Seventeen U.S. senators and 62 members of the U.S. House sent a joint letter to Health and Human Services Secretary Sylvia Burwell on Monday asking her to take steps to lift the government’s policy of banning gay and bisexual men from donating blood.
The letter came less than two weeks after a Food and Drug Administration advisory committee, which was expected to make a recommendation on whether the FDA should change its policy of a lifetime ban on blood donations from men who have sex with men (MSM), decided instead to take a pass on the matter.
The joint letter by the lawmakers also came on the same day an FDA spokesperson said the FDA is deliberating over whether a change in the policy should be made but it has no “timeline” for deciding whether such a change should be made and what the change should be.
“As you know from our previous correspondence, we are steadfastly committed to ending the outdated MSM blood donation policy and moving forward with securing the nation’s blood supply in a scientifically sound manner,” the lawmakers said in their letter.
The letter was initiated by Sens. Tammy Baldwin (D-Wisc.), Elizabeth Warren (D-Mass.) and Tom Harkin (D-Iowa), along with Reps. Mike Quigley (D-Ill.) and Barbara Lee (D-Calif.).
The senators and representatives note in their letter that last month the HHS Advisory Committee on Blood and Tissue Safety and Availability issued a recommendation calling for dropping the current lifetime deferral of blood donations by MSM and replacing it with a one-year deferral, requiring MSM to be sexually abstinent for one year prior to donating blood.
“The recommendation to move to a one-year deferral policy is a step forward relative to current polices,” the letter says, “however, such a policy still prevents many low-risk individuals from donating blood. If we are serious about protecting and enhancing our nation’s blood supply, we must embrace science and reject outdated stereotypes,” the letter says.
“As such, we urge you to implement a risk-based blood donation policy for MSM, rather than simply another arbitrary time-based deferral,” the letter says.
An FDA spokesperson disputed assertions by some LGBT activists and FDA critics that the FDA’s claim that it continues to deliberate over whether to change the policy but has no timetable for reaching a decision in effect is a disguised way of saying no to a change without doing so directly.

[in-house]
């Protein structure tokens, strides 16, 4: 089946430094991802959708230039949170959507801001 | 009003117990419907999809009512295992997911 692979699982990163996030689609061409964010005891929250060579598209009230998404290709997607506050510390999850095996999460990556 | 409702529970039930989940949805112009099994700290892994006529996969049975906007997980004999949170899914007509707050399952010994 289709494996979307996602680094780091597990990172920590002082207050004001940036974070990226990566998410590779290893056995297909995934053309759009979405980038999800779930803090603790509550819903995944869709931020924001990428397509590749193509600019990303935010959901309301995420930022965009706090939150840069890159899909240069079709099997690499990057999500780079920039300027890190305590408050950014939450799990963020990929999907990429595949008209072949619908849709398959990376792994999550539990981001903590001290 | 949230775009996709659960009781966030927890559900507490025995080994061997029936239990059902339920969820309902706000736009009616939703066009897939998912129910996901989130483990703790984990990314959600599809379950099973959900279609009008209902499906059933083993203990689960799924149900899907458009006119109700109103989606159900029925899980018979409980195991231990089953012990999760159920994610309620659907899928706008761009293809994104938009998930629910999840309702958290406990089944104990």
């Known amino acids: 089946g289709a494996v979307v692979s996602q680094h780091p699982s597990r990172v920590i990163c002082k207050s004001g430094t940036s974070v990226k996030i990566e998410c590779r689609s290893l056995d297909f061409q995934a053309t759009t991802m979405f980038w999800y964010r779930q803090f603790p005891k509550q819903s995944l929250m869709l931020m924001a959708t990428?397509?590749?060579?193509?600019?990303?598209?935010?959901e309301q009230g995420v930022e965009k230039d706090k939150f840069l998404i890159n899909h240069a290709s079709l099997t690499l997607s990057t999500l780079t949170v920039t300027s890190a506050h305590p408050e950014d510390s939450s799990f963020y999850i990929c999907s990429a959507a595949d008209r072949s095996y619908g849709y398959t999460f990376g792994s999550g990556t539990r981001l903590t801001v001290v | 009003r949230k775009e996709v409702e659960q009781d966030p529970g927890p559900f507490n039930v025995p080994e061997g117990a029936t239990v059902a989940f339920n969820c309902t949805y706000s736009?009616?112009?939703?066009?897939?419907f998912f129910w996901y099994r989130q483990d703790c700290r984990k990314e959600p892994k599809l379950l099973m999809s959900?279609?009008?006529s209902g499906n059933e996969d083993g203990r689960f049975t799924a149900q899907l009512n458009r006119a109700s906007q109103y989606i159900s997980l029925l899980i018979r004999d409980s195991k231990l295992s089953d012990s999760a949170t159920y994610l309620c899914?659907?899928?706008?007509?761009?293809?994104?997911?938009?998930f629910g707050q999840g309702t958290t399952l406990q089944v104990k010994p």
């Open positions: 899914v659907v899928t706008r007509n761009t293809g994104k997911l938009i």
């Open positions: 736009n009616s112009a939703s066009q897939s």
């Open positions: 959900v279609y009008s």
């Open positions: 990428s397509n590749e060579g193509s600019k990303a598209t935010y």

“[I]t is misguided for anyone to assume that the FDA has made a decision when we repeatedly have said we have not,” said spokesperson Stephanie Yao.
Ryan James Yezak, founder and director of National Gay Blood Drive, which arranges for friends and family members of gay men to donate blood in place of gay donors who are barred from doing so, said he was troubled that some members of the FDA’s Blood Products Advisory Committee misunderstood the intention of LGBT advocates who are calling for the blood ban to be lifted.
“During the open public hearing, the many comments advocating on behalf of LGBT rights were misconstrued by some committee members as civil rights activists that lacked consideration for blood recipients,” Yezak said.
“This is simply not true,” he said. “Our effort is to eliminate discrimination based on sexual orientation from the deferral process and to help save lives. We can accomplish both at the same time while improving the quality and safety of our nation’s blood supply,” he said. “It isn’t one or the other; the two go hand in hand.”
In a related development, the United States Attorney’s Office for the Eastern District of Virginia, which is an arm of the U.S. Department of Justice, filed a response to a lawsuit filed by 19-year-old gay activist Caleb Laieski seeking to overturn the policy barring MSM from donating blood.
Laieski’s lawsuit, which he wrote and filed himself without representation from a lawyer, charges that the FDA’s ban on gay blood donors violates the constitutional rights of a person in need of blood who might be denied blood because of the ban. His suit also charges that the ban violates Title VI of the U.S. Civil Rights Act of 1964, which prohibits discrimination in federally funded programs.
In its response, filed Dec. 8 in U.S. District Court in Alexandria, Va., Assistant U.S. Attorney David Moskowitz argues in a motion that Laieski’s lawsuit should be dismissed on several grounds, including the ground that the FDA is currently reviewing the gay blood ban with the possibility of lifting it or changing it.
Moskowitz argues that previous court rulings have held that plaintiffs such as Laieski should pursue administrative remedies, such as continuing his current efforts to lobby the FDA to change the policy, rather than asking a court to make such changes.
The government response prepared by Moskowitz also calls for the lawsuit to be dismissed on several technical and legal grounds, including what he says is Laieski’s failure to state a legal claim for a violation of Title VI and failure to establish legal standing based on alleged injuries to himself or others due to the existing blood donor ban for gay men. Among other things, Moskowitz argues that no one has been denied blood because gay or bisexual men are not allowed to donate blood.
Laieski has 21 days to file his own motion opposing the government’s motion to dismiss the case or have it deferred until after the FDA completes its deliberations on whether the gay blood ban should be changed.